3.5. Confirmation Studies
Taking into consideration their temporal expression profile signature and the fact that they represent different K-means cluster, 14 genes were selected for real-time PCR analysis (Table S2). Results show that the expression trends were consistent with the results from the microarray analysis. Correlation analysis showed good agreement between real-time RT-PCR and microarray analysis. Microarray results for all 14 genes tested were confirmed by real-time RT-PCR with regard to direction and significance of change (Figure 5).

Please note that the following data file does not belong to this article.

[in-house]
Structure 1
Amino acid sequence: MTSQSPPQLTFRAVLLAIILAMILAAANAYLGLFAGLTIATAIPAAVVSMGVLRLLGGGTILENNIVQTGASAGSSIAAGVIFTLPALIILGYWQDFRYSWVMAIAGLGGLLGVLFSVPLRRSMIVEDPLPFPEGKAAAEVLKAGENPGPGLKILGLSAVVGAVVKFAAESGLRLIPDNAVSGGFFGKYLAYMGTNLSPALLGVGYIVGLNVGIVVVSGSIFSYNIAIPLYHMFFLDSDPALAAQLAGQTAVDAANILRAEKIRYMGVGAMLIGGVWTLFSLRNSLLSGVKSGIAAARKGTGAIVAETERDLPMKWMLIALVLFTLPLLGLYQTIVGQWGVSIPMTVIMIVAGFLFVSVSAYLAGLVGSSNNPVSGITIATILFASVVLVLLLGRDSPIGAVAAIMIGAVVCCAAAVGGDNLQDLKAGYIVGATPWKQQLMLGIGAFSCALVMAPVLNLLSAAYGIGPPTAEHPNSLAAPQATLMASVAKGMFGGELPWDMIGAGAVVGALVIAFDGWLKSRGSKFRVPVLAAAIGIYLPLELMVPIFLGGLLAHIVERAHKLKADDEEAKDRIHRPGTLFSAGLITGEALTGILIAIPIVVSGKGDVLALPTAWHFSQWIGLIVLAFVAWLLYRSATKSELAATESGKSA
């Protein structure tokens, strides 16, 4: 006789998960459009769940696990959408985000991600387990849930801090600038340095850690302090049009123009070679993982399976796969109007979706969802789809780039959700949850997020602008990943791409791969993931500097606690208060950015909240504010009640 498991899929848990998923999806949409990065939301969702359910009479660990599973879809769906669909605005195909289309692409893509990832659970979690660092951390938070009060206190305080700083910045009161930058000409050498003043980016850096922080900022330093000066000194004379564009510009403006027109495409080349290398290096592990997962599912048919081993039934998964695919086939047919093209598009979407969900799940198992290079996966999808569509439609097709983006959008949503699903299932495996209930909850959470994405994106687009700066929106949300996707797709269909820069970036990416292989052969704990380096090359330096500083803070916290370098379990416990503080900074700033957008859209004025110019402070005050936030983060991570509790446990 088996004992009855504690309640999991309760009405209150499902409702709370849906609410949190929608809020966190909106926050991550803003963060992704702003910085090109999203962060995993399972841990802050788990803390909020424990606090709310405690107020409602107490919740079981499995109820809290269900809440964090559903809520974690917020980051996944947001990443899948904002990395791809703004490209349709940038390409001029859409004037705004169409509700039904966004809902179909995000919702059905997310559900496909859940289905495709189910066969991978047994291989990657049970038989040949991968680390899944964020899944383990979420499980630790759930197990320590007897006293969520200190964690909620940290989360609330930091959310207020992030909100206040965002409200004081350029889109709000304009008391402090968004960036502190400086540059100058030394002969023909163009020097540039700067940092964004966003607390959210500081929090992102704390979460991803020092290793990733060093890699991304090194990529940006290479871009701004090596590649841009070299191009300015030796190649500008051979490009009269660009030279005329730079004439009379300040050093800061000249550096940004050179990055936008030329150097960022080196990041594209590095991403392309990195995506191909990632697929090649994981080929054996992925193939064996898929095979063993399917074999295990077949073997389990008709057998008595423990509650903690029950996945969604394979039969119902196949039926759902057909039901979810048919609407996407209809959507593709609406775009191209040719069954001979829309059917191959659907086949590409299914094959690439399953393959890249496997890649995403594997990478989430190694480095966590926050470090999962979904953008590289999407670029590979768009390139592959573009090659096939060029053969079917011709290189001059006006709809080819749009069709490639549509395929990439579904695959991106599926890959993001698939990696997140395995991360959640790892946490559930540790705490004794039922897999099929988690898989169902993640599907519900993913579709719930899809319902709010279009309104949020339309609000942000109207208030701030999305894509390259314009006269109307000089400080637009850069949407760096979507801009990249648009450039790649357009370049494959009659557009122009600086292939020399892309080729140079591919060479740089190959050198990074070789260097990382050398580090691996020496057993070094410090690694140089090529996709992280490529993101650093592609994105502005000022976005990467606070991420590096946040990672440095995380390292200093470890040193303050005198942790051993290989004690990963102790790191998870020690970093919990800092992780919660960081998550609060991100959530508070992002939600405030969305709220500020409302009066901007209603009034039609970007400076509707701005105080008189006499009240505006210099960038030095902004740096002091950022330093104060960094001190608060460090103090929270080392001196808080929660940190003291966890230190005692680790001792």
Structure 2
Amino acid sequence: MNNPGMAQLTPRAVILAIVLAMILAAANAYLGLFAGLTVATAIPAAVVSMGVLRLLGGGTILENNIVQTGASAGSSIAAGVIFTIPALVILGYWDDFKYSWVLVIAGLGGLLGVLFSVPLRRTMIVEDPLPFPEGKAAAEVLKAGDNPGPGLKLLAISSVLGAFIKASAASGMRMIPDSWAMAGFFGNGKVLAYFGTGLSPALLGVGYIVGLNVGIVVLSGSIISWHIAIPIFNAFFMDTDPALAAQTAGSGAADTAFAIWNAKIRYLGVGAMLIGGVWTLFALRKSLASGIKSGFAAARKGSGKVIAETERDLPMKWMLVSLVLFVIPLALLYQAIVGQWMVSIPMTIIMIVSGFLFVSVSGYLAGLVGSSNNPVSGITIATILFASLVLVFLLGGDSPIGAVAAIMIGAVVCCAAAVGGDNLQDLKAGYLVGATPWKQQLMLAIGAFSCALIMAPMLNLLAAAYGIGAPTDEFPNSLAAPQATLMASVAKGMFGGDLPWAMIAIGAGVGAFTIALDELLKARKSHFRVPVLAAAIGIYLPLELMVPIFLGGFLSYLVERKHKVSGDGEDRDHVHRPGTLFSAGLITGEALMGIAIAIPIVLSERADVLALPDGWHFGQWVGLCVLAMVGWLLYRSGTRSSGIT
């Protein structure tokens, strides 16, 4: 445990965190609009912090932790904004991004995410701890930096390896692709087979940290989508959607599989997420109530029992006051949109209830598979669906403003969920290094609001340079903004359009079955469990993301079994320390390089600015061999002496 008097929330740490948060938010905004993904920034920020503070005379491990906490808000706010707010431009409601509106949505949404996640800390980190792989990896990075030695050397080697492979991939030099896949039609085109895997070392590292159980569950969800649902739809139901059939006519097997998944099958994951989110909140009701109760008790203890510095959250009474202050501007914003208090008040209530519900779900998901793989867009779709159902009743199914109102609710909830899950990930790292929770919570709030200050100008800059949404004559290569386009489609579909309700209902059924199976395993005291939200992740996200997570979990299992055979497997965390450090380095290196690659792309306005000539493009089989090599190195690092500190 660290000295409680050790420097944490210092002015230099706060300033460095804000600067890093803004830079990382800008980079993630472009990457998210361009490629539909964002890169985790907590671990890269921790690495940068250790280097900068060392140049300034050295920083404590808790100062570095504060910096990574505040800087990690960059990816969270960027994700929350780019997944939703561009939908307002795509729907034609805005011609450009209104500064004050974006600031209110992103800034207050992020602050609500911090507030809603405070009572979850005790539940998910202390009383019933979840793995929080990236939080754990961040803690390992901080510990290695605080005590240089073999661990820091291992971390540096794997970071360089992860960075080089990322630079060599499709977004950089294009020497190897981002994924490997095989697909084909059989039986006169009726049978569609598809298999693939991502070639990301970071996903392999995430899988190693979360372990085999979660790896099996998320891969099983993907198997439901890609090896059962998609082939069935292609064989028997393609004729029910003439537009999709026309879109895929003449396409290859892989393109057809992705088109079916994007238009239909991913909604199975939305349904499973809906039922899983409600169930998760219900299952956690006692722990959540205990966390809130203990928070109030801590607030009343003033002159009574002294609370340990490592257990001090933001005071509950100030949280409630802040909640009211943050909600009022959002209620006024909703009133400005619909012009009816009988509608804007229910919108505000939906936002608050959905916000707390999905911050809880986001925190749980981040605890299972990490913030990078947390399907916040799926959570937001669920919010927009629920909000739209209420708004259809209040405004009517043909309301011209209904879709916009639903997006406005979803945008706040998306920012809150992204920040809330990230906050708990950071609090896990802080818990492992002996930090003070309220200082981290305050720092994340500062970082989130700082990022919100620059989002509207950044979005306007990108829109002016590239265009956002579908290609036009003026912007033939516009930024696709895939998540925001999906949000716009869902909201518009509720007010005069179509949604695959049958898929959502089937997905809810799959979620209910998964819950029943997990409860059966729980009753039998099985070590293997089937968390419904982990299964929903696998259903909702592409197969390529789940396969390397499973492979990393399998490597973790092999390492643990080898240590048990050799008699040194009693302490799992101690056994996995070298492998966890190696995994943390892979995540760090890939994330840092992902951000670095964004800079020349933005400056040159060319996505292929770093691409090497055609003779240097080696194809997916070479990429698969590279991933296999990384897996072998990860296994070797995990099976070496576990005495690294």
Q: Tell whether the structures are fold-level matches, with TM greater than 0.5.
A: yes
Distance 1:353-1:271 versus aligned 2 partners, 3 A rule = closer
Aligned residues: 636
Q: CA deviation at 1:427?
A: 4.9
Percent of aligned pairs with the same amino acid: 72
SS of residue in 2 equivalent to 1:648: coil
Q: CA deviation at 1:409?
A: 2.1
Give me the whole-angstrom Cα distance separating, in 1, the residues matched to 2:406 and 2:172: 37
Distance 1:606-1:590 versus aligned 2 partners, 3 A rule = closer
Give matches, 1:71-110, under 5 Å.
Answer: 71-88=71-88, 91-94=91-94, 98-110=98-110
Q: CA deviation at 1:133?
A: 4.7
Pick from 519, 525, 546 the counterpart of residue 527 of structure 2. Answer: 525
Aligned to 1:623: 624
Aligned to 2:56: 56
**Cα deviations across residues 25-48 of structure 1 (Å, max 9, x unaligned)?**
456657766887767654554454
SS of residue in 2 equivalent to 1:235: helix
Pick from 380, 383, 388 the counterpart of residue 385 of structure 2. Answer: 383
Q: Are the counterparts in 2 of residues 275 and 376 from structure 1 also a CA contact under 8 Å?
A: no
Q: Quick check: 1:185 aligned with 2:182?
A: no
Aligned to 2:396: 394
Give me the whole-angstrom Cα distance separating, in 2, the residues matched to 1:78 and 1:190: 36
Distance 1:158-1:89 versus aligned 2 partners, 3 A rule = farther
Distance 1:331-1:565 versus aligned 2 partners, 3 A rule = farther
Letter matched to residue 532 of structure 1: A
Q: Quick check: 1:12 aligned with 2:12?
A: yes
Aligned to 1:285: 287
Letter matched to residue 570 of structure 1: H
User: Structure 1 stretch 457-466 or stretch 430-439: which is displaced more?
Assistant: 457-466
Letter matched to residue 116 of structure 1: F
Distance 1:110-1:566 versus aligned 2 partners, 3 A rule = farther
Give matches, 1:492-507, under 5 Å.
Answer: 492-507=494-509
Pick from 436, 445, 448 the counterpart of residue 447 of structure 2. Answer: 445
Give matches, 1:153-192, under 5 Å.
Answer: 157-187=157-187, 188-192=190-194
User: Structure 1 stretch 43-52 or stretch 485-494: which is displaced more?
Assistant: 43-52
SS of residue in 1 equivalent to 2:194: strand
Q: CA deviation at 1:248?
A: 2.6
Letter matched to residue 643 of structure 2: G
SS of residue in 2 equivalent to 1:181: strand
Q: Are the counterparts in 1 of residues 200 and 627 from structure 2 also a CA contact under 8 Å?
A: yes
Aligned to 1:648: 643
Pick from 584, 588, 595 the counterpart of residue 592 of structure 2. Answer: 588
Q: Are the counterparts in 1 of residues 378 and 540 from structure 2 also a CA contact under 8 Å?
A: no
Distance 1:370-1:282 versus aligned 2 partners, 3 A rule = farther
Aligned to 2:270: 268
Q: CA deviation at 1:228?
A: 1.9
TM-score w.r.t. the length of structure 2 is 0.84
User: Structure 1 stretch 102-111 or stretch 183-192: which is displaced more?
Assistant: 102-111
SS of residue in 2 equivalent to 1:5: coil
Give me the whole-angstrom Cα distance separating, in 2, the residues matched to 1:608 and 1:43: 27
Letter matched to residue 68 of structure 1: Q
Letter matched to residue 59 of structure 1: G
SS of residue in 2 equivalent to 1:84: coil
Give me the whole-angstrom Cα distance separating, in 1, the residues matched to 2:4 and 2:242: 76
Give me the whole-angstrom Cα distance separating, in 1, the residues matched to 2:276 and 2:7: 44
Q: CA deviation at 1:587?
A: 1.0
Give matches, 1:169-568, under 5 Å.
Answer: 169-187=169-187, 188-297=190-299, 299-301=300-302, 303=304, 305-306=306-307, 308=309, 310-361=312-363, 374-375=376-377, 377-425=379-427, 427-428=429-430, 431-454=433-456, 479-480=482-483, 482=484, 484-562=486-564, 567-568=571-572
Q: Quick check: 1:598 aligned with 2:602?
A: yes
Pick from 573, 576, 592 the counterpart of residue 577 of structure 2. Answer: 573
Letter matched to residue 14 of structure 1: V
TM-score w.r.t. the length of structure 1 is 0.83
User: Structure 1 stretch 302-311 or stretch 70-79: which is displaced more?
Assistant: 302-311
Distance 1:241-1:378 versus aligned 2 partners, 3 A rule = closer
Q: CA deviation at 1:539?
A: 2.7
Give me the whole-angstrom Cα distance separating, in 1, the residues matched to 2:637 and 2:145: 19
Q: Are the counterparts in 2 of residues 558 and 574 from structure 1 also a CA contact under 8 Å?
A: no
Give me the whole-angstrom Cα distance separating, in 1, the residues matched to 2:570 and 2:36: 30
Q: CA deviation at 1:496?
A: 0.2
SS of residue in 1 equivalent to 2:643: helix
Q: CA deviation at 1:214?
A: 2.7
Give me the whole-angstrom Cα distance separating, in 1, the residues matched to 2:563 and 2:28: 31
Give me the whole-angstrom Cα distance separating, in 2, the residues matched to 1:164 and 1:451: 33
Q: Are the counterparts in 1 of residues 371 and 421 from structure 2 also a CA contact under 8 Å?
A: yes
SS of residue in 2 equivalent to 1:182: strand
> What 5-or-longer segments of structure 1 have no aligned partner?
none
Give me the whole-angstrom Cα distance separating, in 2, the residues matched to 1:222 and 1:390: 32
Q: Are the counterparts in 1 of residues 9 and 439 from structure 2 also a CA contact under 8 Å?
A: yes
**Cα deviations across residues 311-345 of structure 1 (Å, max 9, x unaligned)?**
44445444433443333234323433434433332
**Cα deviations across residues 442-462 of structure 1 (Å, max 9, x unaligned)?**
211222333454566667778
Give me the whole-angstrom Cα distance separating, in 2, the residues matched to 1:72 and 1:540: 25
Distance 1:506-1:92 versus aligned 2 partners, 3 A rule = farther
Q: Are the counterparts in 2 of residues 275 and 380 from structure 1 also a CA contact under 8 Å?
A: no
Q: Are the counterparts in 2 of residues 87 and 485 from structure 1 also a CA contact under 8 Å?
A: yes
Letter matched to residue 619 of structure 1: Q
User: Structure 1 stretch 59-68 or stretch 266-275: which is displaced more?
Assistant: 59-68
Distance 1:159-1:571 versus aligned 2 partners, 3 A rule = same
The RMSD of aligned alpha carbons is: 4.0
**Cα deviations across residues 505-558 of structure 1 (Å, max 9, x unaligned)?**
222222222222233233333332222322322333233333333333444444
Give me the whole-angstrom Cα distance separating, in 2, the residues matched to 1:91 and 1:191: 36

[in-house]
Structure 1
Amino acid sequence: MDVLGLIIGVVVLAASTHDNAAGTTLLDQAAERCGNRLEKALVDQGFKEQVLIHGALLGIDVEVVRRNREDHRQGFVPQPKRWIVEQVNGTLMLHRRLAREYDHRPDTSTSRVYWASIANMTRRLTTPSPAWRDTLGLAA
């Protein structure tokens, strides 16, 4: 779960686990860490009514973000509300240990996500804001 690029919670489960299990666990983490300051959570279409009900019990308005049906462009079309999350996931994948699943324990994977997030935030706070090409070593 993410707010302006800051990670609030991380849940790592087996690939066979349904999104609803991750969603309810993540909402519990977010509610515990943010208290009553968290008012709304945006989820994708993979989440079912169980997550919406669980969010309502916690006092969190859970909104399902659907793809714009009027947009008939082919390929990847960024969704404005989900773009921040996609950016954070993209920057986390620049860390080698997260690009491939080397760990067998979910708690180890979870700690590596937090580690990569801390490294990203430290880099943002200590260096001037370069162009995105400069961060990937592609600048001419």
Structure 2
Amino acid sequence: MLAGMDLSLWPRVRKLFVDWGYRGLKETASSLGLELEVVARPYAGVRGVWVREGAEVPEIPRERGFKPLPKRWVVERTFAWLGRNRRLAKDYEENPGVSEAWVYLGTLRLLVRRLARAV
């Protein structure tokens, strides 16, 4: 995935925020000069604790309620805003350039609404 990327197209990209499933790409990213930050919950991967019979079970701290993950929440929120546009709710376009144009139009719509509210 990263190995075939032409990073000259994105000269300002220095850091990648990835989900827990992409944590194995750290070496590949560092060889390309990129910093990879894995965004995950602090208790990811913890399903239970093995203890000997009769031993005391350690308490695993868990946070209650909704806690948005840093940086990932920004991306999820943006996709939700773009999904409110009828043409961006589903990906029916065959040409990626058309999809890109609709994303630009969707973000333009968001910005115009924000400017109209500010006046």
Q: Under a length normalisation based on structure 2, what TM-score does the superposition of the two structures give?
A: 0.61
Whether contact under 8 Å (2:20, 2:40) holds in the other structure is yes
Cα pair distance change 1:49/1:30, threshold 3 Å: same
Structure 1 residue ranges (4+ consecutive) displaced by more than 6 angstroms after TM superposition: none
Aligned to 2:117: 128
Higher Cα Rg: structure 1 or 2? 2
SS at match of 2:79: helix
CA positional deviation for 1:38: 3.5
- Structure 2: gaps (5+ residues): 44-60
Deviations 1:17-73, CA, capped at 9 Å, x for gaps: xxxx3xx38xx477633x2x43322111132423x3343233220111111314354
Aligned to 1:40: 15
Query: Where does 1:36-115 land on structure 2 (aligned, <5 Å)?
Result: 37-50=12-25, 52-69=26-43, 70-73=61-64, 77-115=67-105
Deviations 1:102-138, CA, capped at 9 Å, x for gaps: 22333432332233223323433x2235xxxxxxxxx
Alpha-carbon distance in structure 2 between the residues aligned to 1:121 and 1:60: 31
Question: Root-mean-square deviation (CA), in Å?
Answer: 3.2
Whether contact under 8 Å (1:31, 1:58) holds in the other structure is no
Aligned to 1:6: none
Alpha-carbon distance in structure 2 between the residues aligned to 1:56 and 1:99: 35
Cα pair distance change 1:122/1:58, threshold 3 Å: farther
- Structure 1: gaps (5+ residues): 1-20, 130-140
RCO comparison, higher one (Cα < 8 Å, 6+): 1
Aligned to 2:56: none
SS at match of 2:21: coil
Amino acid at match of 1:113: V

Structural and functional homologies of specific genes are important. Conservation of functional blocks of genes is likely to be more important in a cross-species comparison. We found distinct blocks of significantly differentially expressed genes within different cytogenetic regions of the rat with homologous chromosomal segments in human and mouse. However, human, mouse, and rat have different chromosomal arrangements. Genes in these blocks appear in contiguous cytogenetic regions, irrespective of species and chromosomal location. This finding is not surprising considering the close evolutionary distance between the species where 278 orthologous segments are reported to be shared between human and rat, and 280 segments are reported to be shared between human and mouse . It is proposed that these gene blocks may be significant for mammary gland development and maintenance and progression of lactation across human, rat, and mouse. For example, genes in the blocks may be coordinately expressed to share transcription programs as stated in previous studies . The argument may be made against the feasibility of using rodent data to draw inferences to human mammary gland gene expression. However, our objective in this study was to utilize the best available sources of information such as rat gene expression data during mammary development and mapping data to develop hypotheses on putative functional gene blocks conserved across species, underlying similarities despite reported differences in the architecture and hormonal control of mammary glands between rats and other rodents and between rats and humans [38, 39].